24 May 2010


Durham becomes third city in North Carolina to join Cree’s LED City initiative

Following Raleigh and Chapel Hill , the City of Durham has become the third city in North Carolina to join the LED City initiative, an international community of government and industry parties initiated by Durham-based LED chip, lamp and lighting fixture maker Cree Inc in December 2006 to evaluate, deploy and promote LED lighting across municipal infrastructure, with the aim of to saving energy, protecting the environment, reducing maintenance costs, and providing better light quality for improved visibility and safety.

LED lighting was selected as part of the city’s overall effort to reduce greenhouse gas emissions. “We identified several City projects where we could incorporate LED lighting technologies into the building upgrades, and we felt these parking garages were a perfect fit,” says Joel Reitzer, director of the city’s Department of General Services. “Using LED lighting is not only going to save us in operating costs, but it’s also going to prevent greenhouse gas emissions from power generation, getting us closer to meeting our 50% reduction goal by 2030.”

“Durham has been Cree’s home for more than 20 years, and we’re thrilled our hometown is joining municipalities around the world in achieving significant energy and maintenance cost savings through the use of energy-efficient LED lighting,” says Cree LED Lighting's president Neal Hunter, who co-founded Cree in 1987 as a spin-off from North Carolina State University.

Durham is currently retrofitting three City-owned parking garages by this fall with 573 new LED lighting fixtures incorporating Cree products worth nearly $1m.

The Corcoran Parking Garage Repairs Project (which began last September and should be completed this June) is using 2005 bond funds to address deferred maintenance repairs as well as upgrades that include an LED lighting retrofit involving changing about 200 metal halide fixtures with LED fixtures that will use one-fifth of the energy. The repairs budget of $2.5m includes about $160,000 allocated for the LED fixtures.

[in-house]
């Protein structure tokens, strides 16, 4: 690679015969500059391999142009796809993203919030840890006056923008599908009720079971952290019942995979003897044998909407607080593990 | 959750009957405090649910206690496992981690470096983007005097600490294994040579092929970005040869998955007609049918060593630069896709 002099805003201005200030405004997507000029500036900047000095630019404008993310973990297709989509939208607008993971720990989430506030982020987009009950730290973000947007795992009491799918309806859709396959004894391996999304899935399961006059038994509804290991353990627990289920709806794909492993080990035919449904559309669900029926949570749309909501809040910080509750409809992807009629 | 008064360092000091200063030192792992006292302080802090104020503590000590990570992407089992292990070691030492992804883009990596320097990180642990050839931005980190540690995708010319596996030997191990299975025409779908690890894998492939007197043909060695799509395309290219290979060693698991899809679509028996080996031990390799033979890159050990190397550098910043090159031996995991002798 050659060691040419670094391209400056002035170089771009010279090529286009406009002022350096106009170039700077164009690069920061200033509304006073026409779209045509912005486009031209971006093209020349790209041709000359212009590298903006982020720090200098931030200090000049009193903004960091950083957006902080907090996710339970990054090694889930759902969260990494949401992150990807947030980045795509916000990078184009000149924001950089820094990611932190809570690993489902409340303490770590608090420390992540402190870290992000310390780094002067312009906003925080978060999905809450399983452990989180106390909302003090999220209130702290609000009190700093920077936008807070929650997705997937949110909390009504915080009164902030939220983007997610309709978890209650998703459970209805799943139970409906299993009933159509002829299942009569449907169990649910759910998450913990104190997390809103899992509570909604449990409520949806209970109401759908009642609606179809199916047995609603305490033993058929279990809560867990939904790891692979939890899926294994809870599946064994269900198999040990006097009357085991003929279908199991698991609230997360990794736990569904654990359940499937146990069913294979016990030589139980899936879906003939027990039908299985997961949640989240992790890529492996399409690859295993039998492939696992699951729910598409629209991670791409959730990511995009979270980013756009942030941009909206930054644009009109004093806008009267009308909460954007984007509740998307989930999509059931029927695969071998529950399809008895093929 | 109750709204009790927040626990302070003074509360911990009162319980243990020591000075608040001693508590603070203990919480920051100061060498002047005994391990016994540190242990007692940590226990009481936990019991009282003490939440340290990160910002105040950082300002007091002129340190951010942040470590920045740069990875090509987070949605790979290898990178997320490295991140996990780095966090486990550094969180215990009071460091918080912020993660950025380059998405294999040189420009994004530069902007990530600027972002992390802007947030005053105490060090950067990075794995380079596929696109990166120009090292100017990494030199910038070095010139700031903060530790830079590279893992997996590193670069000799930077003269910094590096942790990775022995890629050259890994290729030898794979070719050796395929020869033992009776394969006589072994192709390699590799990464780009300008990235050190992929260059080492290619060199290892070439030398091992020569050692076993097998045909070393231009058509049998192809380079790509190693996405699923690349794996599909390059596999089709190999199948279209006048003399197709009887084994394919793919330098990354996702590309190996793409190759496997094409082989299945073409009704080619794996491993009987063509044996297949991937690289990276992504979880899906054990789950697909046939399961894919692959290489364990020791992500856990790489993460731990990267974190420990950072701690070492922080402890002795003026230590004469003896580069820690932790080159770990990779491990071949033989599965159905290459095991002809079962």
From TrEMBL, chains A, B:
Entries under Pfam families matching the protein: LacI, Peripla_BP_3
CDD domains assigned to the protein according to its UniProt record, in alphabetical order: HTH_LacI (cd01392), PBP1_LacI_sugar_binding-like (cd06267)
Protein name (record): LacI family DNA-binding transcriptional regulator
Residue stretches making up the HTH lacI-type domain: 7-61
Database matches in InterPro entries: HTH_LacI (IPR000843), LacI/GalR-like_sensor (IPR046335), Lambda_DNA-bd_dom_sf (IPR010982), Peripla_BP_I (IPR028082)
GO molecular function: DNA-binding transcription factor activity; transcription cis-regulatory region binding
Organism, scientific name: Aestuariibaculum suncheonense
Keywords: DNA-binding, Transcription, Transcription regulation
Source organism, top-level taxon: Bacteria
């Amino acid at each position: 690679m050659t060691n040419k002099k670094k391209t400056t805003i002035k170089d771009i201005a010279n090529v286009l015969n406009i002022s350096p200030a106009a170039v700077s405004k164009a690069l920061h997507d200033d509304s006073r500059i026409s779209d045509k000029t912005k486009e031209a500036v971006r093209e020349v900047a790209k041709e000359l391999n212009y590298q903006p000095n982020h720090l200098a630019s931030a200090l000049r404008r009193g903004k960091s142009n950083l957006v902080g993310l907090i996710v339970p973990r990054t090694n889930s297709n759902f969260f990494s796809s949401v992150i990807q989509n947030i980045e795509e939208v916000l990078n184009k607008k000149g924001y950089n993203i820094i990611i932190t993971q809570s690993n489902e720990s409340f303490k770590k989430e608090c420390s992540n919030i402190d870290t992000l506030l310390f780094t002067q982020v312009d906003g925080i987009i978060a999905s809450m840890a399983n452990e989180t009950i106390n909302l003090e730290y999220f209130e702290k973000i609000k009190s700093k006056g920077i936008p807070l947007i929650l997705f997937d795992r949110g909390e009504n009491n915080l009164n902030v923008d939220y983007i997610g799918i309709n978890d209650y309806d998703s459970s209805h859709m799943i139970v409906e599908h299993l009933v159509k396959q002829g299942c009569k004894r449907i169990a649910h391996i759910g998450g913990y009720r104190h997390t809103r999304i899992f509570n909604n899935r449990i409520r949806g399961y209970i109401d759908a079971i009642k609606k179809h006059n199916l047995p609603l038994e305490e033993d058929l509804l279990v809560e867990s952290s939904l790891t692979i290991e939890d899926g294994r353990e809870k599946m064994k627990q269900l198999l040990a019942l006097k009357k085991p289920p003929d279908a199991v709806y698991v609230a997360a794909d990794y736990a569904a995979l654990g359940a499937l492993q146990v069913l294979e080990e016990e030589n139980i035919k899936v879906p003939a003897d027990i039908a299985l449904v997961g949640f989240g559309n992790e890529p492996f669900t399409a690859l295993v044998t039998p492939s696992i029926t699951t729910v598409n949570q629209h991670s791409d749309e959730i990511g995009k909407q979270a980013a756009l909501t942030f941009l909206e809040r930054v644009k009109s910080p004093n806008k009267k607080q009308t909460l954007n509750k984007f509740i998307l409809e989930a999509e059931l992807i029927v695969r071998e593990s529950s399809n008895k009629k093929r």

A second project (with a budget of $8.8m from 2005 bond funds and installment sales) involves the renovation of Centre Garage and includes about $259,000 for buying and installing 373 new LED lighting fixtures to retrofit all original metal halide fixtures. Due to be completed this June, the project stems from a public/private partnership agreement between the City of Durham and Craig Davis Properties.

Thirdly, the Church Street Parking Garage Lighting LED Upgrade Project is being implemented as part of the Energy-Efficiency Conservation Block Grant (EECBG), which was submitted by the Durham City-County Sustainability Office and uses funds provided by the federal government as part of the American Recovery and Reinvestment Act (ARRA). The $508,000 project includes the design (currently ongoing, and to be completed this fall) and installation of an LED lighting system that improves lighting while reducing energy costs.

Bremen becomes Germany's first LED City

Also, on 27 April, Bremen became the first German city to join the LED City program. The second largest city in Northern Germany has systematically introduced energy-saving technologies during the past four years and has significantly reduced energy consumption in public lighting.

Recently, Bremen started a pilot project to explore the opportunities and examine the benefits of LED lighting. The Indal LED streetlights, featuring Cree XLamp LEDs, light up a busy stretch of road in the city center. The test is aimed to allow Bremen to gather experience of the operation, energy-saving benefits and operating costs of switching to LED lighting.

“On our test road we replaced the existing compact fluorescent lights with LED fixtures,” says Holger Janssen, division manager at swb Beleuchtung GmbH. “Although we can expect savings of 34% from current LED technology, in this project we are really interested in the color and quality of the LED lights and look forward to the feedback from citizens.”

“With the LED City program we provide cities and municipalities with a platform where they can share insights and learn from each other’s experience, so that they don’t all have to start from scratch when looking for ways to save energy and protect the environment,” says Deb Lovig, Cree’s LED programs manager.

Durham and Bremen join existing program members Raleigh and Chapel Hill, NC; Ann Arbor, MI; Austin and Fairview, TX; Anchorage and Valdez, AK; Indian Wells, CA; Danville, VI; and Boston, MA in the USA; Toronto and Welland in Canada; Tianjin and Huizhou in China; Gwangju in South Korea; and Torraca and Apecchio in Italy.

See related items:

Cree celebrates 3rd anniversary of Raleigh becoming first LED City

Chapel Hill joins Cree LED City program

Cree and Raleigh launch ‘LED City’ municipal lighting initiative

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